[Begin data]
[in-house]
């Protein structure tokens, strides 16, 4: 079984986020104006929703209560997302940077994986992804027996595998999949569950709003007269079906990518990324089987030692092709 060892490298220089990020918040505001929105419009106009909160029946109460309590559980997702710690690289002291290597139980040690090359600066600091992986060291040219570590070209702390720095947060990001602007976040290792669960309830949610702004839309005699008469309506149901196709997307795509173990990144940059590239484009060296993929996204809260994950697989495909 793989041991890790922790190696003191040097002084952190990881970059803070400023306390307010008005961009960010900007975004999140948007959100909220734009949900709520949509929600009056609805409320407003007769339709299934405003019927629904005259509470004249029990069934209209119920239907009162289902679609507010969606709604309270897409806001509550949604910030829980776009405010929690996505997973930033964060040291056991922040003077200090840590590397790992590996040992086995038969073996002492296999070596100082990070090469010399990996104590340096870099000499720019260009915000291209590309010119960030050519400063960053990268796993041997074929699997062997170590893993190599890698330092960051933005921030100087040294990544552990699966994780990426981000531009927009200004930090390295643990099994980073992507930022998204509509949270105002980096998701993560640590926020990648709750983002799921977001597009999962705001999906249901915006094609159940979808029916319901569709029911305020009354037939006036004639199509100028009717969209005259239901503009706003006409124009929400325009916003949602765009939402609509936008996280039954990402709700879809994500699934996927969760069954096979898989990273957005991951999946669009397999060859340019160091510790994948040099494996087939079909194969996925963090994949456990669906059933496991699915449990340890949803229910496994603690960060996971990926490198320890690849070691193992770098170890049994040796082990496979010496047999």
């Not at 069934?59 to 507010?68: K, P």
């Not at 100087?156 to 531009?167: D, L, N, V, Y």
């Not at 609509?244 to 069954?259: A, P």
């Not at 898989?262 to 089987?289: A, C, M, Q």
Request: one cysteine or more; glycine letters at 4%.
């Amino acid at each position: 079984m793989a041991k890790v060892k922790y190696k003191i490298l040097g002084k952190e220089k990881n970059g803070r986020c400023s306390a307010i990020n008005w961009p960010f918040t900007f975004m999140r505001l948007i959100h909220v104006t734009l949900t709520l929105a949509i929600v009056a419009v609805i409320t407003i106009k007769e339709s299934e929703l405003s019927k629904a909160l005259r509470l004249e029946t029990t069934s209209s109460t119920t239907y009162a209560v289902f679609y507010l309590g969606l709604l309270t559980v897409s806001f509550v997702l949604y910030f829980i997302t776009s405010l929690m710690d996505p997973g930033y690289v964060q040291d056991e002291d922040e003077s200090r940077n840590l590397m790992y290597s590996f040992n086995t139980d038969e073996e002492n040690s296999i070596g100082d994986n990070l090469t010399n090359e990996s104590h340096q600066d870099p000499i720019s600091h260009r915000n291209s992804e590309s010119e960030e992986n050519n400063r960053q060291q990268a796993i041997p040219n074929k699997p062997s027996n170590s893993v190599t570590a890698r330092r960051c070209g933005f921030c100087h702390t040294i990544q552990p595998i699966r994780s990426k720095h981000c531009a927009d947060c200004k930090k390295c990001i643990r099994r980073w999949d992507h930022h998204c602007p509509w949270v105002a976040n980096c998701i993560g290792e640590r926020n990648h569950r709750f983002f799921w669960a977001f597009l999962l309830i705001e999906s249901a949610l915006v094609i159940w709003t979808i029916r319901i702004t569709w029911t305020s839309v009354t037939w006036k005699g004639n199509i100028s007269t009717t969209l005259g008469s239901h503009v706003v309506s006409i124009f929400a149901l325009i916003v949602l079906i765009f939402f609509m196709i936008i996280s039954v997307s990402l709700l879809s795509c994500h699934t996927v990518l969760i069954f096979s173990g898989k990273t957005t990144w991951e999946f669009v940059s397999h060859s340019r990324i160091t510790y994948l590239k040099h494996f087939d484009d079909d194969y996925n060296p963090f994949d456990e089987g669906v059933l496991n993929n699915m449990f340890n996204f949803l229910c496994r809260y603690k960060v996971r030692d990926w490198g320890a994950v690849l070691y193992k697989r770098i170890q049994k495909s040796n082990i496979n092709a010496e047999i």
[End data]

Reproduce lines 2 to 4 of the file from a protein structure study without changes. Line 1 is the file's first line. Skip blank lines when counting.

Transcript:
């Protein structure tokens, strides 16, 4: 079984986020104006929703209560997302940077994986992804027996595998999949569950709003007269079906990518990324089987030692092709 060892490298220089990020918040505001929105419009106009909160029946109460309590559980997702710690690289002291290597139980040690090359600066600091992986060291040219570590070209702390720095947060990001602007976040290792669960309830949610702004839309005699008469309506149901196709997307795509173990990144940059590239484009060296993929996204809260994950697989495909 793989041991890790922790190696003191040097002084952190990881970059803070400023306390307010008005961009960010900007975004999140948007959100909220734009949900709520949509929600009056609805409320407003007769339709299934405003019927629904005259509470004249029990069934209209119920239907009162289902679609507010969606709604309270897409806001509550949604910030829980776009405010929690996505997973930033964060040291056991922040003077200090840590590397790992590996040992086995038969073996002492296999070596100082990070090469010399990996104590340096870099000499720019260009915000291209590309010119960030050519400063960053990268796993041997074929699997062997170590893993190599890698330092960051933005921030100087040294990544552990699966994780990426981000531009927009200004930090390295643990099994980073992507930022998204509509949270105002980096998701993560640590926020990648709750983002799921977001597009999962705001999906249901915006094609159940979808029916319901569709029911305020009354037939006036004639199509100028009717969209005259239901503009706003006409124009929400325009916003949602765009939402609509936008996280039954990402709700879809994500699934996927969760069954096979898989990273957005991951999946669009397999060859340019160091510790994948040099494996087939079909194969996925963090994949456990669906059933496991699915449990340890949803229910496994603690960060996971990926490198320890690849070691193992770098170890049994040796082990496979010496047999």
């Not at 069934?59 to 507010?68: K, P």
């Not at 100087?156 to 531009?167: D, L, N, V, Y």